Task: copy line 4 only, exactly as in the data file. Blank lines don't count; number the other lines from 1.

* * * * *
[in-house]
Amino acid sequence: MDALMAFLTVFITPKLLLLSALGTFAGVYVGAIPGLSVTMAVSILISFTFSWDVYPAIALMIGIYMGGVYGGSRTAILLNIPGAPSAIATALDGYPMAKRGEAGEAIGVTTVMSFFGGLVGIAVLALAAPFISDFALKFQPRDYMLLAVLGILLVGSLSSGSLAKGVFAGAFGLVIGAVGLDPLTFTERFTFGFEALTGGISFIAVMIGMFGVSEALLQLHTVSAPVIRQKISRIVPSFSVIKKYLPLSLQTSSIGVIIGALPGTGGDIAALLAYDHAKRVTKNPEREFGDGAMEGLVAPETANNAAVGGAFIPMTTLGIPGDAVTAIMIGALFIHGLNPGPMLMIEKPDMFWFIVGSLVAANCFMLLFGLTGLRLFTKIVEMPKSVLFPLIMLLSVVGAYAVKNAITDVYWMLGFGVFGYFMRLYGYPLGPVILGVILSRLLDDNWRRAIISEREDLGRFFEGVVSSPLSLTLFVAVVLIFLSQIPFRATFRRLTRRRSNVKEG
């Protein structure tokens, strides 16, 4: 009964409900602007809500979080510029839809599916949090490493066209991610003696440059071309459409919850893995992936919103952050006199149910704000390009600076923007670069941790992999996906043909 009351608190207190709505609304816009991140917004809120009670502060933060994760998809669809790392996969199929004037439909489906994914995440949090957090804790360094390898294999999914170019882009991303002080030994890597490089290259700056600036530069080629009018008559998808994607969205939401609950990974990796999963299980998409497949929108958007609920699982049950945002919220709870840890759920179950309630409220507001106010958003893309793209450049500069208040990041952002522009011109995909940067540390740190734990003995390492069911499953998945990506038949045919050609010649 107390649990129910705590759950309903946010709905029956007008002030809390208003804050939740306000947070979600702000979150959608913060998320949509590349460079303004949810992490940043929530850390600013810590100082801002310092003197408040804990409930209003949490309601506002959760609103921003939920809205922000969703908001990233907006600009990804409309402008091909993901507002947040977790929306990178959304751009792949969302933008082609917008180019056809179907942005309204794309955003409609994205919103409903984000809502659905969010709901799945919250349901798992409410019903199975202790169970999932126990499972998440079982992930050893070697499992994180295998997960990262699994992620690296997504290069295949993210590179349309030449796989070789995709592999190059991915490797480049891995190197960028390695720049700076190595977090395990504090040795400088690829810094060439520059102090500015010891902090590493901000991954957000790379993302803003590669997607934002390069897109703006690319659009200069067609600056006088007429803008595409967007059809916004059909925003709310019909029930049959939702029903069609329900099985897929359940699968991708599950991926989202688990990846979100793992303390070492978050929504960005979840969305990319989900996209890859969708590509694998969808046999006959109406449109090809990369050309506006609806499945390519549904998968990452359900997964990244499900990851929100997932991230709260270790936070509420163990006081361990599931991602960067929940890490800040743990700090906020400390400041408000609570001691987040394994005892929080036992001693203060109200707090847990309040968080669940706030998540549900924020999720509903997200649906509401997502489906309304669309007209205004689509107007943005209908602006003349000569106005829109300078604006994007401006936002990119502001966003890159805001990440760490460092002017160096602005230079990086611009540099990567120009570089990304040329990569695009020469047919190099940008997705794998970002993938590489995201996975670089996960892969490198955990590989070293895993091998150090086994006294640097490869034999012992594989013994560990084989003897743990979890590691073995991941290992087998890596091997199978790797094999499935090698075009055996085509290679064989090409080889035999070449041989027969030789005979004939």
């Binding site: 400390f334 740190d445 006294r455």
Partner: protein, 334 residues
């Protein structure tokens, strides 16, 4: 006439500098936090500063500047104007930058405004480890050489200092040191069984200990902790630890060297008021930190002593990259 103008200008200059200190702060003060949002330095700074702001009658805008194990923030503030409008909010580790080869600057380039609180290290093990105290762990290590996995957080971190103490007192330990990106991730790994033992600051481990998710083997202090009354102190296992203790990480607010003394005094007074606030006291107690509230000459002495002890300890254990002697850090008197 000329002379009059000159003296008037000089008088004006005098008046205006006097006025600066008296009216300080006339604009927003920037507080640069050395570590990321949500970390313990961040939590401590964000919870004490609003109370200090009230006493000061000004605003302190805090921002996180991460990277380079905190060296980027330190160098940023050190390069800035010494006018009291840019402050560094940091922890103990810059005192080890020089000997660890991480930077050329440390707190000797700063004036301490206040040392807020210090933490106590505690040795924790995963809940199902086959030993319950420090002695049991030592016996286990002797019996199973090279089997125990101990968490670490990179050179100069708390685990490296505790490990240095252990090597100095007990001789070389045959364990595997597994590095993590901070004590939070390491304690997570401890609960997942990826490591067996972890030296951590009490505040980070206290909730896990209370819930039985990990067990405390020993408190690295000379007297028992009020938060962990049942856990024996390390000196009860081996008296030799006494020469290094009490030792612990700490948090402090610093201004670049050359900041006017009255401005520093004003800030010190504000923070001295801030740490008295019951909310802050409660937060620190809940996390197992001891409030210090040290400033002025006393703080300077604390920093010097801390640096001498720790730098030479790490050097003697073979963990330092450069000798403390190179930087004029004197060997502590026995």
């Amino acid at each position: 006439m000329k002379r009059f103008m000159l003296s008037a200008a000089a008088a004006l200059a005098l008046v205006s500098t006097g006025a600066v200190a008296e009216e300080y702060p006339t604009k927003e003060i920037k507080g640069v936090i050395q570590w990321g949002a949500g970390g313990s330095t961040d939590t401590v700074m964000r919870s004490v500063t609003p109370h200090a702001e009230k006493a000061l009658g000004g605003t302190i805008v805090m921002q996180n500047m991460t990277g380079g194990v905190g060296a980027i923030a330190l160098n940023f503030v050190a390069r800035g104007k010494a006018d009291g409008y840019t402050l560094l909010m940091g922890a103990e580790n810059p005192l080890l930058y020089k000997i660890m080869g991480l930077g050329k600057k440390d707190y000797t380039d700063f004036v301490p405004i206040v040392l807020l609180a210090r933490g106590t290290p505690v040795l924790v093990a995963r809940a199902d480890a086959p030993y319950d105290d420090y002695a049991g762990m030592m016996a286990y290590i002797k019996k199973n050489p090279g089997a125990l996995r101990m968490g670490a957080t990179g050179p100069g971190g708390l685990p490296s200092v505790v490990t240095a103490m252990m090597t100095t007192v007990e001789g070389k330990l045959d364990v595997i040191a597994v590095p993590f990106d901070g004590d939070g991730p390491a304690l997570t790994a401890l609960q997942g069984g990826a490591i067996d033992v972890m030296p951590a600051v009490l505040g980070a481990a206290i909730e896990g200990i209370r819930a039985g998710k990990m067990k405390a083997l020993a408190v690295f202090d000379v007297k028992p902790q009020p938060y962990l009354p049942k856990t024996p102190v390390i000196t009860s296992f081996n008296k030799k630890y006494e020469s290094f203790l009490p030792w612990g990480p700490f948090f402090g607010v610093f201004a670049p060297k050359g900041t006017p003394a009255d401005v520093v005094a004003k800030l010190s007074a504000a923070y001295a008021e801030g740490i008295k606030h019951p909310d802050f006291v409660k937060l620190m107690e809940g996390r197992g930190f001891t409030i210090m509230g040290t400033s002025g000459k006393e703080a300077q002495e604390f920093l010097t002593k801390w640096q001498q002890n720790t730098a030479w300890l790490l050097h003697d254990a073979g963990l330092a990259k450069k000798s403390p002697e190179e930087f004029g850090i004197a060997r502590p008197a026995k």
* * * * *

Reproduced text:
């Binding site: 400390f334 740190d445 006294r455």